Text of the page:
Intergenerational Wealth Management: 8 Steps to Becoming a Family Advisor (Part I)

By James Carney, CEO, ByAllAccounts on Friday, June 15th, 2012

For me, it’s a given in life that nothing is more important than the happiness of my children. That’s the “big issue” that trumps all other concerns, including personal finances and wealth management. And yet…family and wealth are not mutually exclusive. The financial well-being of our loved ones is often an important component of their happiness and success—and we all strive to ensure that our children receive an inheritance that puts them in an advantageous position for the life challenges ahead. 

But as wealth passes from one generation to the next, do today’s forward-thinking financial advisors recognize the opportunity that is at hand? And are they philosophically prepared to alter their business models to accommodate the needs of inter-generational wealth management? 

From my perspective, a good way to answer these questions is by tapping into my experiences serving the financial services industry. But I’d also like to tap into something else—namely, my experiences as a husband and father who is very cognizant of the issues that surround inter-generational wealth management (and who has an advisor who understands and responds to these needs). There are eight recommendations I’d like to make to financial advisors:

Step 1: It’s all about building relationships that last.

It’s fine to be a financial advisor who wants to manage the assets of your client’s children. But how much more useful it is to be an advisor who is willing to take the time to advise and educate them, and who thoughtfully assists them in improving all aspects of their lives? That’s the difference between being a financial advisor and a family advisor. 

Let me give you an example: In my family, at each child’s 18th birthday, we set up an IRA for them with $1,000 in it. Furthermore, on each ensuing Christmas, we invest half the money each child receives from relatives into the respective IRAs. The kids work with the advisor to make investment decisions—for example, one child invested in Apple and Sony because those were companies he knew, and his portfolio is doing quite well! 

As my kids enter their 20s, they’ve learned to rely on our advisor for all sorts of great advice on financial and life matters. For example, when the time comes, I fully expect they’ll be asking him for advice on what real estate they can and cannot afford, or whether a certain pricey car fits with their lifestyle and budget.

By helping my children make thoughtful, well-reasoned decisions that improve their lives, my advisor adds value that you can’t put a price on. 

Step 2: Don’t offer a substitute for parental advice—rather, augment it. 

As a father, I’ve given my share of advice to my kids. But I never think that our advisor’s contributions are infringing on my parental prerogatives. Our advisor is the expert on financial matters; he’s the one to ask. And as far as him giving advice that extends beyond the financial realm, no problem. My kids see him as a resource—not a parental replacement. This is an important point for you to make to your clients as you take a more active role as a family advisor.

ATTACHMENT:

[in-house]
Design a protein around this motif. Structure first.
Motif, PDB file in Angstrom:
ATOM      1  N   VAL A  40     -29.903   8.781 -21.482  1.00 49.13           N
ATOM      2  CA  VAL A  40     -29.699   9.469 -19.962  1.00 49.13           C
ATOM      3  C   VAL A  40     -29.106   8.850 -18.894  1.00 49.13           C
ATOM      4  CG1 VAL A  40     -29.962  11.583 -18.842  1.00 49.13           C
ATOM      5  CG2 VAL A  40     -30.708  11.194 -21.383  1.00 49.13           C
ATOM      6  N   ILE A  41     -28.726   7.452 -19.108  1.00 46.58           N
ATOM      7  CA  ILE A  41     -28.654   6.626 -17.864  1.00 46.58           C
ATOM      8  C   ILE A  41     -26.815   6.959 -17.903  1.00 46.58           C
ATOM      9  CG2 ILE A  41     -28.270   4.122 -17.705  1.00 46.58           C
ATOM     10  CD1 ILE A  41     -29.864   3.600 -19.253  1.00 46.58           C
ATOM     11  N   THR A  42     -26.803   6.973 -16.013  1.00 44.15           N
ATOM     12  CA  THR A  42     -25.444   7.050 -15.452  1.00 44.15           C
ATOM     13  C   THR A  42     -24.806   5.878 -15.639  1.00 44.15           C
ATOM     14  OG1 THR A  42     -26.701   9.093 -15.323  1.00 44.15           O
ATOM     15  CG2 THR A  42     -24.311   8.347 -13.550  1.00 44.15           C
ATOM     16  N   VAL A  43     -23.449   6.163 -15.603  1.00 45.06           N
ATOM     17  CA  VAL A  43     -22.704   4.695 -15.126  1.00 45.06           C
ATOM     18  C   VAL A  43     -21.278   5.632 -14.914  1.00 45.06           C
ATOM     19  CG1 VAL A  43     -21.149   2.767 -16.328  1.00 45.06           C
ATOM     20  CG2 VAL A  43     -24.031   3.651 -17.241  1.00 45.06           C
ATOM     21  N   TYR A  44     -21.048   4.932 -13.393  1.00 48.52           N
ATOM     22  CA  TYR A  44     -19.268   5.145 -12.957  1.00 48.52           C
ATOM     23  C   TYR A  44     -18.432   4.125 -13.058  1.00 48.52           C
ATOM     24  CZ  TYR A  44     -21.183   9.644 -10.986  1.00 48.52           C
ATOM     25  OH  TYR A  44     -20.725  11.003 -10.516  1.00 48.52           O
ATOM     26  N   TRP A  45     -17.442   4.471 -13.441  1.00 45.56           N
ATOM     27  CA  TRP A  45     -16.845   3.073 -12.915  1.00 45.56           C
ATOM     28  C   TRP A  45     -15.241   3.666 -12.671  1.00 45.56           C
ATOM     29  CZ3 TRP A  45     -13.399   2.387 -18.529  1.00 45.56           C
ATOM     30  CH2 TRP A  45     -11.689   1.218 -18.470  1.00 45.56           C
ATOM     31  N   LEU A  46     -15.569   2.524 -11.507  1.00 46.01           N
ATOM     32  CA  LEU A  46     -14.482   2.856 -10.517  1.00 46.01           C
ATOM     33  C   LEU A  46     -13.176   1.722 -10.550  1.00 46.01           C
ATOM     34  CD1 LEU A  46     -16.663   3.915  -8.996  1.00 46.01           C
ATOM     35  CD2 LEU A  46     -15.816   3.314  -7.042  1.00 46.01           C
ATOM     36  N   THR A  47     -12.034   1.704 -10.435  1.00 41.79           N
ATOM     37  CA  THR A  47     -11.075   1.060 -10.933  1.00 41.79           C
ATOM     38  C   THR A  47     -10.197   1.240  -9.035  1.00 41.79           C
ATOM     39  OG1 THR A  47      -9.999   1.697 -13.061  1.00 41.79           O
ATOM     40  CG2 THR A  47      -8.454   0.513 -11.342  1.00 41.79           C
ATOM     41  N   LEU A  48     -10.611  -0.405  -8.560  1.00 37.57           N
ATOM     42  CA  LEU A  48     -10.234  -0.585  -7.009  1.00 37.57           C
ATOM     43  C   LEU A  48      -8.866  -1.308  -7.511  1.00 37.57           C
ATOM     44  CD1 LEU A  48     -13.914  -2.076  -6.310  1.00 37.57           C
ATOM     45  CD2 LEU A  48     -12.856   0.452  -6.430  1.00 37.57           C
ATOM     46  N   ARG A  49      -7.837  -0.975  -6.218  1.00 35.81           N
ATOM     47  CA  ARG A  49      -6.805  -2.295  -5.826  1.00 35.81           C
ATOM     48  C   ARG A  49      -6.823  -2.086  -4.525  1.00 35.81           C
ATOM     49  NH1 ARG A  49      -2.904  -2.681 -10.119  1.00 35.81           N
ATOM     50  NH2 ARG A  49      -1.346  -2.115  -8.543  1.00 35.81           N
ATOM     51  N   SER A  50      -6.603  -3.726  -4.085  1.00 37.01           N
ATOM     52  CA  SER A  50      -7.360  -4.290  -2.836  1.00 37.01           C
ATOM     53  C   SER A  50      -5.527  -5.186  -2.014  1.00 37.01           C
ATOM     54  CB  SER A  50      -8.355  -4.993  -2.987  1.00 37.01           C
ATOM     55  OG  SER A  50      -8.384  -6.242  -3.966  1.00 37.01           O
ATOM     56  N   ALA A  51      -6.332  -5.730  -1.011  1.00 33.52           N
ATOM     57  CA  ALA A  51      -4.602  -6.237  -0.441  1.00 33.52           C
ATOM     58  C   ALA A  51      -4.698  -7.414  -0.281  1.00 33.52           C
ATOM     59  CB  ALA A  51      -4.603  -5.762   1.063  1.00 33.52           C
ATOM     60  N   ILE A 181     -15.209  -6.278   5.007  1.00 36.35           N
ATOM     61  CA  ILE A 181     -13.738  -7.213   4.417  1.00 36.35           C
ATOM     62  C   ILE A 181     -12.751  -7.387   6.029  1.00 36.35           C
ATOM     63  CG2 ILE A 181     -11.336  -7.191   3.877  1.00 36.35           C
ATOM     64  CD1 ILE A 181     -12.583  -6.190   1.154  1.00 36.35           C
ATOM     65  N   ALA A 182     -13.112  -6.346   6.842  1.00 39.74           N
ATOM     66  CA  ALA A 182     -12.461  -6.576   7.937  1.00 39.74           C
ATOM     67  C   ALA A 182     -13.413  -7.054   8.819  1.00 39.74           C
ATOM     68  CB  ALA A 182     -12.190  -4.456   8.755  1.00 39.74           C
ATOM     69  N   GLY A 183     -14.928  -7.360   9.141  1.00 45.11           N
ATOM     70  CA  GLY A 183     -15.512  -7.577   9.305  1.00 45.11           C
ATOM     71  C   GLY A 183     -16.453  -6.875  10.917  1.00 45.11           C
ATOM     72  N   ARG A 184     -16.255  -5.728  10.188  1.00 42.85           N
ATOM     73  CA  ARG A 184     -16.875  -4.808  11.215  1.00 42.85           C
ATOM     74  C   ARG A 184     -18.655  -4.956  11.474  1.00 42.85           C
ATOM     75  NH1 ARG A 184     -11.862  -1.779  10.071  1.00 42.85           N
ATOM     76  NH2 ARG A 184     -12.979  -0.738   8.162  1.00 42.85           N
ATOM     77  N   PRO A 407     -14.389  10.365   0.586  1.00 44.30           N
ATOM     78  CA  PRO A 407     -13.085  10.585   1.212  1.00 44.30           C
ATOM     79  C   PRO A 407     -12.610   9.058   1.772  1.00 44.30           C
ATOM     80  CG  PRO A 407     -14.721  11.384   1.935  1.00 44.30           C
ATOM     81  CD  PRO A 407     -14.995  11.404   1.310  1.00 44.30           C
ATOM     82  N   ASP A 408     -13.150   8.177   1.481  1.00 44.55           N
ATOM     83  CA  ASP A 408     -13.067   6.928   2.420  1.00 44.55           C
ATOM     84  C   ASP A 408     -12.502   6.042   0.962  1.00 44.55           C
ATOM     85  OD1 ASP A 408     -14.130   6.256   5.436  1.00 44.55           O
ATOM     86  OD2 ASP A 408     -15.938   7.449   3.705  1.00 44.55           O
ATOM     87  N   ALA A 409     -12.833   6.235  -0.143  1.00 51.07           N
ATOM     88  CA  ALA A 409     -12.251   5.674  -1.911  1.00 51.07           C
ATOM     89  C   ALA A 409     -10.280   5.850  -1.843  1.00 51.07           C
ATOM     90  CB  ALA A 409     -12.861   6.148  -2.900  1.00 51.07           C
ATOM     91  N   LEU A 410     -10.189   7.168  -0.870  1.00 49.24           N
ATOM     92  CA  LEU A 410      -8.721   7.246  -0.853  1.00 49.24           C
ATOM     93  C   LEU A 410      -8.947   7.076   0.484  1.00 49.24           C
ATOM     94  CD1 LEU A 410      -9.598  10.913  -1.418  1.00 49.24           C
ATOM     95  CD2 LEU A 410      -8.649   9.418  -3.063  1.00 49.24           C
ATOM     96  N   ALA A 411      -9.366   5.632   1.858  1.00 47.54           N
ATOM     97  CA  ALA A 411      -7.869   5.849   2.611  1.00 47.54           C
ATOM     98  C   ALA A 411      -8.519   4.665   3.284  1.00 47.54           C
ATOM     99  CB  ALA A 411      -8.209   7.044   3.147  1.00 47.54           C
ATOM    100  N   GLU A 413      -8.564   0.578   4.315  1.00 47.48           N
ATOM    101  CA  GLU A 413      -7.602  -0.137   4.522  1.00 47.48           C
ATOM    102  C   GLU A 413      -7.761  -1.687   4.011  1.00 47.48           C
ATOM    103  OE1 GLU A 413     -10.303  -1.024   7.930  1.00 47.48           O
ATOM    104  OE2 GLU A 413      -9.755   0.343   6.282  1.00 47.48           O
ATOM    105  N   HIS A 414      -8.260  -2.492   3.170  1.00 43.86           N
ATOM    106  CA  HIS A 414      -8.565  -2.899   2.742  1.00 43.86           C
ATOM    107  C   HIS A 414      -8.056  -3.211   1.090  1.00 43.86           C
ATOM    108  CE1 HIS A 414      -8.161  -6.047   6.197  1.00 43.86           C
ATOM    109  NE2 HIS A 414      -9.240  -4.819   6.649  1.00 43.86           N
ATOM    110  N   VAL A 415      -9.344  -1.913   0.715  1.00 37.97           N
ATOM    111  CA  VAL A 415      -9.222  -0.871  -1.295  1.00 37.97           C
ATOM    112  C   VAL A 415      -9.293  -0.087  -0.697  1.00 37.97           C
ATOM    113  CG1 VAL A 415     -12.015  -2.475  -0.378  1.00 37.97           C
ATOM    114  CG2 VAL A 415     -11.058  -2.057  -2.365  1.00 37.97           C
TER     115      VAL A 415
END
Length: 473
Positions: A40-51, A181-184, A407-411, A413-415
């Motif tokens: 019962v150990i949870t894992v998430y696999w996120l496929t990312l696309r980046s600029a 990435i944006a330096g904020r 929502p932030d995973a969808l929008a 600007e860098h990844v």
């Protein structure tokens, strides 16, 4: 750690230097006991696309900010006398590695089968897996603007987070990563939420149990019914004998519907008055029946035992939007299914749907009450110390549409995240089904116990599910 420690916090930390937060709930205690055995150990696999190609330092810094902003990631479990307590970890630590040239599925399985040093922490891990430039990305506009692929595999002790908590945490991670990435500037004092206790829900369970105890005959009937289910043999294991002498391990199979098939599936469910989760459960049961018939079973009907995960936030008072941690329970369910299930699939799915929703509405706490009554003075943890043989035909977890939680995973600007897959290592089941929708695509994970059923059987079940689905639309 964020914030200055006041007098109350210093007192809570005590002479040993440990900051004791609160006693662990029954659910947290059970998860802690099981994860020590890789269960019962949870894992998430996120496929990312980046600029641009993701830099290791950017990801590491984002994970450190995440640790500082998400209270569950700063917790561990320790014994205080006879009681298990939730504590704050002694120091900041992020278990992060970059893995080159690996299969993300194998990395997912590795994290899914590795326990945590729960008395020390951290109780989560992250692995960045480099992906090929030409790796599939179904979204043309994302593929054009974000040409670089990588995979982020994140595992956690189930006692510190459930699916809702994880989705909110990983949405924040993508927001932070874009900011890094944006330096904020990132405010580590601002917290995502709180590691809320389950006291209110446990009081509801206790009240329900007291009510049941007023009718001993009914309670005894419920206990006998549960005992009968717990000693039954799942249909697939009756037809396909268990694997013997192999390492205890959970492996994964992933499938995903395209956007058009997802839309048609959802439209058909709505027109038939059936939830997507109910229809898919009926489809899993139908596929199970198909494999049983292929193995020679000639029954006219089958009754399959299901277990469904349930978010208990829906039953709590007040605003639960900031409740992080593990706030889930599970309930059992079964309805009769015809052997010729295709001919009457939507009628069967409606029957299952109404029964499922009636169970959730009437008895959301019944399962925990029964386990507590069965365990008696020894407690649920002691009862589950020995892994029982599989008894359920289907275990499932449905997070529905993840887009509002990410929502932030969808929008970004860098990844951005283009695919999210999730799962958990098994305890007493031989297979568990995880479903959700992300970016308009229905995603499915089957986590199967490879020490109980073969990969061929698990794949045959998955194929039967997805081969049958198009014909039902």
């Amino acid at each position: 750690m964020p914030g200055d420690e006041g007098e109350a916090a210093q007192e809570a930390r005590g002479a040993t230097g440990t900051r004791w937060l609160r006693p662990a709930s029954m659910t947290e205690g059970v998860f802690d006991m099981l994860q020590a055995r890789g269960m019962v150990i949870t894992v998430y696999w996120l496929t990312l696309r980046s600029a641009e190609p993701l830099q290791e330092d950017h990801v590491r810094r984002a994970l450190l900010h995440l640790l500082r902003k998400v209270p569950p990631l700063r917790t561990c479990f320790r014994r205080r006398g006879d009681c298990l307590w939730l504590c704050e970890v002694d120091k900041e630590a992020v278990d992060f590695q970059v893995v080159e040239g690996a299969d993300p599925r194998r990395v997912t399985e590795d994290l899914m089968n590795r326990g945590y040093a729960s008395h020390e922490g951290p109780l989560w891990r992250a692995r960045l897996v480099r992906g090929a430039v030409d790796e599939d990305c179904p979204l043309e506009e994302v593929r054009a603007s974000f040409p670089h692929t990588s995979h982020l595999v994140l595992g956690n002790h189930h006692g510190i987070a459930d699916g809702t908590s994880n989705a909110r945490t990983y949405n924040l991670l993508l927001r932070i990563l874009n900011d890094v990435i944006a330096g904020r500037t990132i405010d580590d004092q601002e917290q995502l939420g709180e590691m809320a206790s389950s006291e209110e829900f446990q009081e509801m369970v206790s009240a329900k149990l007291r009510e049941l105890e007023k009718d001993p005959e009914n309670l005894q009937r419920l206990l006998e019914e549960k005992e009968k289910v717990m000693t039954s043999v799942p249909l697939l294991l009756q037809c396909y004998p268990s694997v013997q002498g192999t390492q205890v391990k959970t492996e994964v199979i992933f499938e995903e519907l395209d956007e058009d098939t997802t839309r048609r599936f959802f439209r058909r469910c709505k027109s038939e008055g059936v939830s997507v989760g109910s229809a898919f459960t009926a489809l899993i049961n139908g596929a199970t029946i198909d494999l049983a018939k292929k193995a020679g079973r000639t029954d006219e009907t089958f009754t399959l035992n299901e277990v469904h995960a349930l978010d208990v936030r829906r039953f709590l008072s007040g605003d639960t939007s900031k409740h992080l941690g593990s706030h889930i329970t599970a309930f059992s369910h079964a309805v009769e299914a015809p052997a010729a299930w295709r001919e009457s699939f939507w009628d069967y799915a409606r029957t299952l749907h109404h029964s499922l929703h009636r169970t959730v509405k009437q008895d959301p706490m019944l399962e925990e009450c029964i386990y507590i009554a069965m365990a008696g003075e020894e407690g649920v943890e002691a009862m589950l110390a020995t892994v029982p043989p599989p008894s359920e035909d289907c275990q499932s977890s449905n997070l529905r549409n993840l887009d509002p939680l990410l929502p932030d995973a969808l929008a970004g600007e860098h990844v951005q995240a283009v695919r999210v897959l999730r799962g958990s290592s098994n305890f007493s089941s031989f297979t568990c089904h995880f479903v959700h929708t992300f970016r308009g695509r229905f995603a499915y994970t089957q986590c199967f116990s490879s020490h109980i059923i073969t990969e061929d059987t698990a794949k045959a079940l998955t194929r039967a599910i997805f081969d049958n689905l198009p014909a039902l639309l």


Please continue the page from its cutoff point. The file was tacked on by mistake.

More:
Step 3: Encourage two-way communication at comfortable intervals, with no data overload

You do not want to be an advisor who cranks out report after report and sends them off to clients who do not have the time or inclination to sift through reams of data. Rather, when managing inter-generational wealth, it’s the quality of your communications that matters, not the quantity.

Send the occasional article that takes a controversial stand on wealth management (and perhaps your role in it)—and be prepared to discuss it. Call when you have a constructive suggestion or recommendation that truly adds value, not because you feel obligated to check in once a week, or once a month or six months. Make every point of contact a worthwhile one for your clients. And always encourage them to call you with questions. As it turns out, in our household, we call our advisor at least as often as he calls us. It’s an arrangement that serves us all well.

Step 4: Train your clients that the plan is the key—and that they shouldn’t write a check without one.

A quick aside that’s about family assets, rather than inter-generational wealth per se. My wife recently had a question about making a charitable donation, so she called our advisor. He asked her what she was trying to achieve with the donation—and equally importantly, what we were trying to achieve with our overall giving as a family. 

These questions were illuminating, not only because we were prompted to analyze precisely why we say “Yes” to certain charities, but also because we understood why we need to say “No” to others. We now have a carefully thought-out plan—and we’re sticking to it.



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